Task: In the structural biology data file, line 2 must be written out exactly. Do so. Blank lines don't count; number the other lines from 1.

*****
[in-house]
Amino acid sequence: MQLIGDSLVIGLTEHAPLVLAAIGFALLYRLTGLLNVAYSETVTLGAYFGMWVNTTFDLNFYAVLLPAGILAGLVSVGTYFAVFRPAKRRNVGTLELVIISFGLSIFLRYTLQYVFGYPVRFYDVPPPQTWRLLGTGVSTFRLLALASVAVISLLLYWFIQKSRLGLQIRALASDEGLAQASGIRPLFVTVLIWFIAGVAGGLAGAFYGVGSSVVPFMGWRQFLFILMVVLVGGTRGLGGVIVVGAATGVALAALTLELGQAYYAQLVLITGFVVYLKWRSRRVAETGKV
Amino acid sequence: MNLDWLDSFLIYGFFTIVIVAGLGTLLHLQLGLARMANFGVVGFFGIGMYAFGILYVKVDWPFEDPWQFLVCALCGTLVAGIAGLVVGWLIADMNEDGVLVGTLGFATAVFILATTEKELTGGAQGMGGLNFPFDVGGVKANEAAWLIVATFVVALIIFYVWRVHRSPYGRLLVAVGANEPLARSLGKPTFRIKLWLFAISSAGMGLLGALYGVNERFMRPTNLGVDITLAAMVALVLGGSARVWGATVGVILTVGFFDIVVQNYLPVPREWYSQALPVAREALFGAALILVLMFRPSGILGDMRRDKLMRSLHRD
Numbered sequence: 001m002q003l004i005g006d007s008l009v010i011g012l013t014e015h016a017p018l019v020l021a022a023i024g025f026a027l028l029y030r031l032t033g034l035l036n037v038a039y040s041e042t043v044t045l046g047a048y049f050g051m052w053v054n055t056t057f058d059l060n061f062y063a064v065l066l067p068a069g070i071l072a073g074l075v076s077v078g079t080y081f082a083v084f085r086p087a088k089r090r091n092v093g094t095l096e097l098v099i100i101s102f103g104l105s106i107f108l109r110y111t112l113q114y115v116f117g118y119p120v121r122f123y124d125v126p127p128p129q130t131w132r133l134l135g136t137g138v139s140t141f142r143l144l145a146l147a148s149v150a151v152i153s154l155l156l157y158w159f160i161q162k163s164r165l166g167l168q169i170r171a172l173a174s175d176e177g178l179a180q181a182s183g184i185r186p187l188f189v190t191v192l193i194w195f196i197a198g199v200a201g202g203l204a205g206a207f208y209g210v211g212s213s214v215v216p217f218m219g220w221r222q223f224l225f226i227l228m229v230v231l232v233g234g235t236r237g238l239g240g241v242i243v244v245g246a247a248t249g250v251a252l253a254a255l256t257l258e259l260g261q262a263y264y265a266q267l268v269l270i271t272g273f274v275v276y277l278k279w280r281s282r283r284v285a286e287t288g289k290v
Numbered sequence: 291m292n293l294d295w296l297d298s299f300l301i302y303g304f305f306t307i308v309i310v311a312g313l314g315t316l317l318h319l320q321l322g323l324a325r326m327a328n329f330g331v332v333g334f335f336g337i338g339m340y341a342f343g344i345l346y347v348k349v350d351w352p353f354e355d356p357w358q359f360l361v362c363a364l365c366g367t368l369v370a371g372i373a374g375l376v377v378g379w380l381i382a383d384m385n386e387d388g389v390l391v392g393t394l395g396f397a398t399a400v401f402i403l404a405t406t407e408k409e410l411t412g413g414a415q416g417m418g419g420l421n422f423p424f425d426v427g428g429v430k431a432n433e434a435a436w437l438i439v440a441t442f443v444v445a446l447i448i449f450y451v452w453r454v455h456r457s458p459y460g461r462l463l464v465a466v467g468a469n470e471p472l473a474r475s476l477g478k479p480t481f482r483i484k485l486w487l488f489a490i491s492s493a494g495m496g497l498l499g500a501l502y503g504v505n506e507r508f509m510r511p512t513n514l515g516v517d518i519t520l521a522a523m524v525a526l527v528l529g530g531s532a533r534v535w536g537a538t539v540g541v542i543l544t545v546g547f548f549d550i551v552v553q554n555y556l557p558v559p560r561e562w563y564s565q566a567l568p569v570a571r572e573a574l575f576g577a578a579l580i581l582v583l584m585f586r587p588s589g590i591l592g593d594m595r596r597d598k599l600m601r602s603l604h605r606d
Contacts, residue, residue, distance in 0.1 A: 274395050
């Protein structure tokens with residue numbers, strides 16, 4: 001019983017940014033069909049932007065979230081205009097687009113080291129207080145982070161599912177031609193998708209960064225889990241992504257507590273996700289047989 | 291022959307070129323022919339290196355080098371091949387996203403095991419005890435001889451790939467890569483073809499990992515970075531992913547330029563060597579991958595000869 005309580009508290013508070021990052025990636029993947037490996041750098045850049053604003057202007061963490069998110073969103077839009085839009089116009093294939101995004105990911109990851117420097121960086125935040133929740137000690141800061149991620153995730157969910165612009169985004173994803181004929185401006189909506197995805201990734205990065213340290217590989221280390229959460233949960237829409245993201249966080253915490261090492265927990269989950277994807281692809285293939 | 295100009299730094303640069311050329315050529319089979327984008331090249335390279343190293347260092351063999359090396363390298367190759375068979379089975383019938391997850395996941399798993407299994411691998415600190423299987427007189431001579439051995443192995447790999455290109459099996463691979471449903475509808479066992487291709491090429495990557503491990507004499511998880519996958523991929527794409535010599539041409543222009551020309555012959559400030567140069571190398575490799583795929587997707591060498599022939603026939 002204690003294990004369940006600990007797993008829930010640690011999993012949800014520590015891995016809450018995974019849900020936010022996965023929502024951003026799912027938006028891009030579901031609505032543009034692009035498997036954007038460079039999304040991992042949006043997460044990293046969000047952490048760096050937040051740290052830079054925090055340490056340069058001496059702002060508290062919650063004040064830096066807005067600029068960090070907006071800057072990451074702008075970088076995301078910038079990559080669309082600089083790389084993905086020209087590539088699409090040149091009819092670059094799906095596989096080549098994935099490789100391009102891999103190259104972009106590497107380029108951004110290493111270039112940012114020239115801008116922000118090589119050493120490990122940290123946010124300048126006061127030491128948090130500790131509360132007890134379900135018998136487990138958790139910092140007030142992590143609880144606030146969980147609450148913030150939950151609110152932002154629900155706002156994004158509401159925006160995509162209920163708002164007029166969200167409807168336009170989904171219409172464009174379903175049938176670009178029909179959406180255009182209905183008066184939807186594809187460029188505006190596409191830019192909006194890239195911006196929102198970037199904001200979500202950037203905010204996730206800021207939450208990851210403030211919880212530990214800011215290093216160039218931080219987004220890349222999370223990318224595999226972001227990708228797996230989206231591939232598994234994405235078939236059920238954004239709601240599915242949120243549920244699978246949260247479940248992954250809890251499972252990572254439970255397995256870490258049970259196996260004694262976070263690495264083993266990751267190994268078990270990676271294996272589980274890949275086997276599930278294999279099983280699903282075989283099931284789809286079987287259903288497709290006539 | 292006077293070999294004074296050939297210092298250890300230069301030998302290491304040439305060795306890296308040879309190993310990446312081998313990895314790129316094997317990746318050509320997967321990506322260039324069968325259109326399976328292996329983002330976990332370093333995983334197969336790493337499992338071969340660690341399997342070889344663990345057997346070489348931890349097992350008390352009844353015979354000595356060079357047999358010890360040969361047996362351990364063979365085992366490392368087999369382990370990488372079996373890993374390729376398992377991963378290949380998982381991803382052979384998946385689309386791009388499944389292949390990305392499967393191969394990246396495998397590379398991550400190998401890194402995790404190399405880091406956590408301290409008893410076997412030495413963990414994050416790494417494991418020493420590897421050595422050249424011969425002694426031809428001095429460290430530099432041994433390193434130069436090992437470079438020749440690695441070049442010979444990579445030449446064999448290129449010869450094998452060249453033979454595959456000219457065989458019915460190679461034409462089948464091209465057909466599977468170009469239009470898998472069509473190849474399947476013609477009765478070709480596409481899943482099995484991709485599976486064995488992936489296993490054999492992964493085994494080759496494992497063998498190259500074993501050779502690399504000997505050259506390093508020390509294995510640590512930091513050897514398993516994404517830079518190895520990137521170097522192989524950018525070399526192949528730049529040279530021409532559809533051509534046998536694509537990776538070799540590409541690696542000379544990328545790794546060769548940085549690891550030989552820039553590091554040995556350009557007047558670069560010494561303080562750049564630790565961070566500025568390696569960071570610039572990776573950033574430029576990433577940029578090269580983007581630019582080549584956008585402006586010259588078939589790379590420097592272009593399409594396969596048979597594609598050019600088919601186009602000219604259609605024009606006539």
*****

Amino acid sequence: MQLIGDSLVIGLTEHAPLVLAAIGFALLYRLTGLLNVAYSETVTLGAYFGMWVNTTFDLNFYAVLLPAGILAGLVSVGTYFAVFRPAKRRNVGTLELVIISFGLSIFLRYTLQYVFGYPVRFYDVPPPQTWRLLGTGVSTFRLLALASVAVISLLLYWFIQKSRLGLQIRALASDEGLAQASGIRPLFVTVLIWFIAGVAGGLAGAFYGVGSSVVPFMGWRQFLFILMVVLVGGTRGLGGVIVVGAATGVALAALTLELGQAYYAQLVLITGFVVYLKWRSRRVAETGKV